TRUSTED NEWS LEADER FOR COTTONWOOD, CAMP VERDE & THE VERDE VALLEY
Sun, July 21

Local program to explore 'Preserving archaeology of Red Rock District'

To date, almost 150 sites have been completed resulting in over 50,000 photographs!  All site photographs include site and rock art panel identifying numbers, panel element numbers (when possible), room numbers and room wall identifiers.

To date, almost 150 sites have been completed resulting in over 50,000 photographs! All site photographs include site and rock art panel identifying numbers, panel element numbers (when possible), room numbers and room wall identifiers.

The next monthly meeting of the Verde Valley Chapter of the Arizona Archaeological Society will be held on Thursday, Sept. 22, in the Community Room at the Sedona public Library, 3250 White Bear Road, Sedona, at 7 p.m.

A fascinating program: Preserving the Archaeology of the Red Rock District, will be presented by Spence Gustav.

According to Spence, the Red Rock District of the Coconino Forest has one of the richest assemblages of archaeological sites within public lands in the United States! Many of these sites are visited by the public after finding out about them through publications and websites, or by hikers going off established trails. With increased knowledge of locations and visitation to the remote areas of the Red Rock District, preservation has become a significant problem.

Spence explained that preservation often begins with documentation and education. Local volunteers are documenting as many of the archaeology sites as possible to provide a record of the current status of each site. For over 20 years, volunteers from the Archaeology Society and the Sedona Friends of the Forest (FOF) have been docents at Forest Service Cultural Heritage Sites including Honanki, Palatki and V bar V. They provide site information to visitors that enhance the quality of their visit while also monitoring activity to help protect the sites.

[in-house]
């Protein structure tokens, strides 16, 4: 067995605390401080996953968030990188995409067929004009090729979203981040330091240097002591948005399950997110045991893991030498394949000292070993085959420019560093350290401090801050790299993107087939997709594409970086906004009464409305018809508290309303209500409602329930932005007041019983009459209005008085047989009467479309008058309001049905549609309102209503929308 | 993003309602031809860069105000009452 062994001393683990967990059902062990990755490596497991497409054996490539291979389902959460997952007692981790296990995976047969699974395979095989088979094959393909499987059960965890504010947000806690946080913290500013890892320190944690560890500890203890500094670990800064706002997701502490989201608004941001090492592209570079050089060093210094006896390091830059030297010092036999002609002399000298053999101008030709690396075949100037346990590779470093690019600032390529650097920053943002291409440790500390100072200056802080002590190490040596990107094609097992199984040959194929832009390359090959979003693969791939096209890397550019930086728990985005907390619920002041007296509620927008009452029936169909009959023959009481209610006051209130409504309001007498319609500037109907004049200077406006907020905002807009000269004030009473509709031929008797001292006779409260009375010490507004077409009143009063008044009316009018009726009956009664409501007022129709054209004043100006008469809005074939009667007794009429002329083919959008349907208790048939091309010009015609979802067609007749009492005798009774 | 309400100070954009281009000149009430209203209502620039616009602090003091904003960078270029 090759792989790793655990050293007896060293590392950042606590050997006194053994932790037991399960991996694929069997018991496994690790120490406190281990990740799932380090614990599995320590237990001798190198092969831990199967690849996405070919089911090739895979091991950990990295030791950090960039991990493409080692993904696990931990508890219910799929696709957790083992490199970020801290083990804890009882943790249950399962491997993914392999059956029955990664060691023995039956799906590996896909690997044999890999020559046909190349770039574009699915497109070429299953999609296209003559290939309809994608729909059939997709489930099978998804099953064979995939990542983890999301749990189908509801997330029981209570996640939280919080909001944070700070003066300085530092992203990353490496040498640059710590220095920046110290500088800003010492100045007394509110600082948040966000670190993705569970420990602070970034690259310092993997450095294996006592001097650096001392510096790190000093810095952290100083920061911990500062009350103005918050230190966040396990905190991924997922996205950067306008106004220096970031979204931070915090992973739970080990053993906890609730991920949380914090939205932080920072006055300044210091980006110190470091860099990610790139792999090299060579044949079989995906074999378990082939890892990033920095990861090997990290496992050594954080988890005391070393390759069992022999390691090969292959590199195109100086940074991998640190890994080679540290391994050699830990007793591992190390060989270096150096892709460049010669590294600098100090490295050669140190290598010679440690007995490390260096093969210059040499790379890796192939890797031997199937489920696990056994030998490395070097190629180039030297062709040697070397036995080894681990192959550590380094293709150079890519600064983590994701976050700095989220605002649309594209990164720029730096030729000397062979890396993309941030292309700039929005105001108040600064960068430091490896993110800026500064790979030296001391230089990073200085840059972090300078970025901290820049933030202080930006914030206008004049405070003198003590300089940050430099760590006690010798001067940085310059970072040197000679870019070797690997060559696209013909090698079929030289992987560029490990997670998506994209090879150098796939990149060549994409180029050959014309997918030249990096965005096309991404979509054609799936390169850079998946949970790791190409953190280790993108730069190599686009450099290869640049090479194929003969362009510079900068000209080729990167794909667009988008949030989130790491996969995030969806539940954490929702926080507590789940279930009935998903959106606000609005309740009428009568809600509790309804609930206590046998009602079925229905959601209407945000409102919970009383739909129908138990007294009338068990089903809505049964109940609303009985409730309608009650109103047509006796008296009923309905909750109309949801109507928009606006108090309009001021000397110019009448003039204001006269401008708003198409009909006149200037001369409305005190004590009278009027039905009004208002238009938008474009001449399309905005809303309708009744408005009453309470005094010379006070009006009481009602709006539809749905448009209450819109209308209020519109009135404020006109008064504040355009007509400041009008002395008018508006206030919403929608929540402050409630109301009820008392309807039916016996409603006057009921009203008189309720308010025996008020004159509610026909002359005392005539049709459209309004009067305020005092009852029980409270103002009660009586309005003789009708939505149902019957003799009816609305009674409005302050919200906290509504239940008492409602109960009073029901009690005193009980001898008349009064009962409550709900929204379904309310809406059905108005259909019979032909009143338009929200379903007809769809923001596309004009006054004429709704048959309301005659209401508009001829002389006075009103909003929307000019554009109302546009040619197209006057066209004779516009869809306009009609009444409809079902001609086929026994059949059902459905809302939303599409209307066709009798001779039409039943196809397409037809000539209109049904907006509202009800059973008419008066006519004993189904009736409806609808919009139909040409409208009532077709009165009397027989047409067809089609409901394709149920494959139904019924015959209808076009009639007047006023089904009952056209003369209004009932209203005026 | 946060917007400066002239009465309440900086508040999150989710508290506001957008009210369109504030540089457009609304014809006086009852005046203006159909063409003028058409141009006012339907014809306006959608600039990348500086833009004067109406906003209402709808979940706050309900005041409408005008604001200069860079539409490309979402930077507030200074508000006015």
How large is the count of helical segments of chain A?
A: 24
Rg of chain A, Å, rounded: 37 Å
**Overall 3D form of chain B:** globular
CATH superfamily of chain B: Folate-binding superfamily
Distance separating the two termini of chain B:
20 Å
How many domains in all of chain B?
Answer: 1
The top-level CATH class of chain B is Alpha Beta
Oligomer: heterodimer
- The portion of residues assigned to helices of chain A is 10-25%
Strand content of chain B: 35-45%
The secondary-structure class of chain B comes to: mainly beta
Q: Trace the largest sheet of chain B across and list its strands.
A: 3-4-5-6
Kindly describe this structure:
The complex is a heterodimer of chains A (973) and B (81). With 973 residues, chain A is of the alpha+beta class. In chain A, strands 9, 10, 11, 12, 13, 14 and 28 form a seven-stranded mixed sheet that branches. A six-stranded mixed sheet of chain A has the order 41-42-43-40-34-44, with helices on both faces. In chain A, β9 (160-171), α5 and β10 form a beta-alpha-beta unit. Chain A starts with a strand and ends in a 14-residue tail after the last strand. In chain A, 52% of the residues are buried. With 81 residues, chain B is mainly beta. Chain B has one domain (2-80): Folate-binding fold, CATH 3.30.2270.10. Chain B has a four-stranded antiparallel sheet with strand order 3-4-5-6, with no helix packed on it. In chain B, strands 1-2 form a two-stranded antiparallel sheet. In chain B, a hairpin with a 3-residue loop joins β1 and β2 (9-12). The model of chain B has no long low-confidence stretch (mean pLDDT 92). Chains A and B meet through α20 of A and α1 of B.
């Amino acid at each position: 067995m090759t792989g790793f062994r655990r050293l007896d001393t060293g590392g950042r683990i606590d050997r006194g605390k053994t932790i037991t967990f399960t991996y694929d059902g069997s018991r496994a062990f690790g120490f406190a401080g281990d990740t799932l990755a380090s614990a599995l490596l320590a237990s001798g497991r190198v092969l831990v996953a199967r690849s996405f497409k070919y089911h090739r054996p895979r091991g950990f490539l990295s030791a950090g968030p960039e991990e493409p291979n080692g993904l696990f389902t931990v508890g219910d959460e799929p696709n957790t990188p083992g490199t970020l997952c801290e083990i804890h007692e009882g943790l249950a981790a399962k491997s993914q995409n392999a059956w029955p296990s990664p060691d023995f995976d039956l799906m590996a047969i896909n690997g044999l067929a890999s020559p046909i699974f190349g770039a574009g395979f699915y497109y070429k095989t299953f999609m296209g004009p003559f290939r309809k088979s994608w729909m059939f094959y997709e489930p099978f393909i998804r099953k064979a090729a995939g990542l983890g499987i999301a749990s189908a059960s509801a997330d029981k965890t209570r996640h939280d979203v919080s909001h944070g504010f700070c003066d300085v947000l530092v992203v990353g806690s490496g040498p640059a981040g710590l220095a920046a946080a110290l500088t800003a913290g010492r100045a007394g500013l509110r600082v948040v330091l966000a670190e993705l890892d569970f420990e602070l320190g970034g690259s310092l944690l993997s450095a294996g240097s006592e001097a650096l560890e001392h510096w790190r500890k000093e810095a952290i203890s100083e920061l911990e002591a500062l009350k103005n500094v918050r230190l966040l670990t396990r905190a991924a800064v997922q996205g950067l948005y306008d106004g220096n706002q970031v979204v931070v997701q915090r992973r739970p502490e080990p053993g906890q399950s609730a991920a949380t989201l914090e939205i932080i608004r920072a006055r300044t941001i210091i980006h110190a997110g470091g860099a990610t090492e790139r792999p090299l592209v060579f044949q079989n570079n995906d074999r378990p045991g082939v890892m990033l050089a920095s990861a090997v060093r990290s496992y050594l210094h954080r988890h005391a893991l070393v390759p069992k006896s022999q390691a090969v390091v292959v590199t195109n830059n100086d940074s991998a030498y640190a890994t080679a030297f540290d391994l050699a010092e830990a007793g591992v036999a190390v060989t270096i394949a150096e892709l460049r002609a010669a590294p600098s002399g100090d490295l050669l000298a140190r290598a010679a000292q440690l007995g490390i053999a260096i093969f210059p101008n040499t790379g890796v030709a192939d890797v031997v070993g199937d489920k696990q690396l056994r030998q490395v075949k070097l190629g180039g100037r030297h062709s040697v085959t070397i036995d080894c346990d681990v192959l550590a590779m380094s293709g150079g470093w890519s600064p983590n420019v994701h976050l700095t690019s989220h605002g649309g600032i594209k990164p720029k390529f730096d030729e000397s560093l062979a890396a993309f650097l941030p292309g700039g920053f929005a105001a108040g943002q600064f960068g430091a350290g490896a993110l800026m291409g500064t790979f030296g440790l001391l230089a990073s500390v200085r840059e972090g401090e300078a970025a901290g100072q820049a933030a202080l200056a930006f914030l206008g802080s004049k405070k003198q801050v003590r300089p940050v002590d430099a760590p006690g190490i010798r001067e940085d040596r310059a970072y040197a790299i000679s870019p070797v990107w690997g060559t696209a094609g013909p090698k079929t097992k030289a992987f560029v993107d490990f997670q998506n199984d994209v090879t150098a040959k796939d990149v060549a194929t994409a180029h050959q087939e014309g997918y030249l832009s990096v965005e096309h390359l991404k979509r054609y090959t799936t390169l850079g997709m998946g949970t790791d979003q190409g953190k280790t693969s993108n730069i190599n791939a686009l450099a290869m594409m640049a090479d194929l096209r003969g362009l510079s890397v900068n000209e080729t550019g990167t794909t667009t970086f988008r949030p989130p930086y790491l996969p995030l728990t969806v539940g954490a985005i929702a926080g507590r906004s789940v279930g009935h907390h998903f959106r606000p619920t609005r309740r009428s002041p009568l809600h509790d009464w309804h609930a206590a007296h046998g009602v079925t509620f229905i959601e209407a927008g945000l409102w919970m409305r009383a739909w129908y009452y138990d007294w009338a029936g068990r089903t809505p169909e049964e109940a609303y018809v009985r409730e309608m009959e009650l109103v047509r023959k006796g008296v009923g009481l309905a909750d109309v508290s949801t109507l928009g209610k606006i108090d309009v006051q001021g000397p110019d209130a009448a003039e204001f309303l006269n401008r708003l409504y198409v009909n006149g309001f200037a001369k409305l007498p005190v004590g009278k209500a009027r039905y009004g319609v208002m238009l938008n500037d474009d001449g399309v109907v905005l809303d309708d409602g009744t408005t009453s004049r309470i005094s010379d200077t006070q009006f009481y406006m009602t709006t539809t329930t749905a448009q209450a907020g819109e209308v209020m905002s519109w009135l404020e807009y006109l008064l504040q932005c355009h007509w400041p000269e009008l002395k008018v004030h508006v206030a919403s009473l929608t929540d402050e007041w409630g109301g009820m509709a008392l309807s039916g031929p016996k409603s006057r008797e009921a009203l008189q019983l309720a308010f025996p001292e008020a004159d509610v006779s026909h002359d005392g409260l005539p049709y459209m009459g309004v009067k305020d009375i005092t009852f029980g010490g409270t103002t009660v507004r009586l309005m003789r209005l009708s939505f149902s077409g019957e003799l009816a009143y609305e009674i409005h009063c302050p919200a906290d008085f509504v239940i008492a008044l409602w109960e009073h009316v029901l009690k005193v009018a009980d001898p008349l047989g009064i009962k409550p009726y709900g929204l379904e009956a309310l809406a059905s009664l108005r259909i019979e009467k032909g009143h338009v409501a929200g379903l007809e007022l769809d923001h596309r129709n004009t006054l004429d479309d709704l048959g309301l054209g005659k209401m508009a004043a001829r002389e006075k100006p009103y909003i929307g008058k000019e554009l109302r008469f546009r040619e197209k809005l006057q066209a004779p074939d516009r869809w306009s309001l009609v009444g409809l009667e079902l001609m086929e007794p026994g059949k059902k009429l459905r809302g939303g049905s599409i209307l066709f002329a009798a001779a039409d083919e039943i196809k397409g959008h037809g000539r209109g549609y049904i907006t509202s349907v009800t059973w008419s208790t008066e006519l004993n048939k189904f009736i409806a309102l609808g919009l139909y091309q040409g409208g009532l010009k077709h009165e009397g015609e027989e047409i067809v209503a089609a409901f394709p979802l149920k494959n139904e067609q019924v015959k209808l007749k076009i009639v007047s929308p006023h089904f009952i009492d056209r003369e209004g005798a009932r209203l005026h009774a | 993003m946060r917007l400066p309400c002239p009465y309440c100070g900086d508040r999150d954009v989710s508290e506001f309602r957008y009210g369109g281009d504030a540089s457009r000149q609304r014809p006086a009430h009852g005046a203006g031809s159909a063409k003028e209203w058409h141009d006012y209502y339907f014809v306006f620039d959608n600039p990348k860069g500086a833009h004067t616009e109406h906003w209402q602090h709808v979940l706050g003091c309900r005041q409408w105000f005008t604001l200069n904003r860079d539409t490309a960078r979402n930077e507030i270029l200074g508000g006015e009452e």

In 2011, in response to several incidents of vandalism at or near these sites, a FOF volunteer team, headed by Spence, began converting all of the Forest Service archaeologist's photos to digital format for use in documentation and evaluation of the ongoing situation. This involved the conversion of almost 100,000 prints and transparencies! Following the conversion to digital format, an additional FOF team has been creating a digital database to assist in finding specific information from the photos as needed.

While converting the existing photo data, it was realized that many of the sites in the district had minimal or marginal photo coverage and were not well represented. In 2012, a FOF team began detailed photo documentation of the Palatki area sites followed by Honanki and V bar V. The project was then expanded to photograph other sites in the Red Rock District.

To date, almost 150 sites have been completed resulting in over 50,000 photographs! All site photographs include site and rock art panel identifying numbers, panel element numbers (when possible), room numbers and room wall identifiers. Of the sites done to date, 27 are "new" sites that were previously not represented in the Forest Service databases.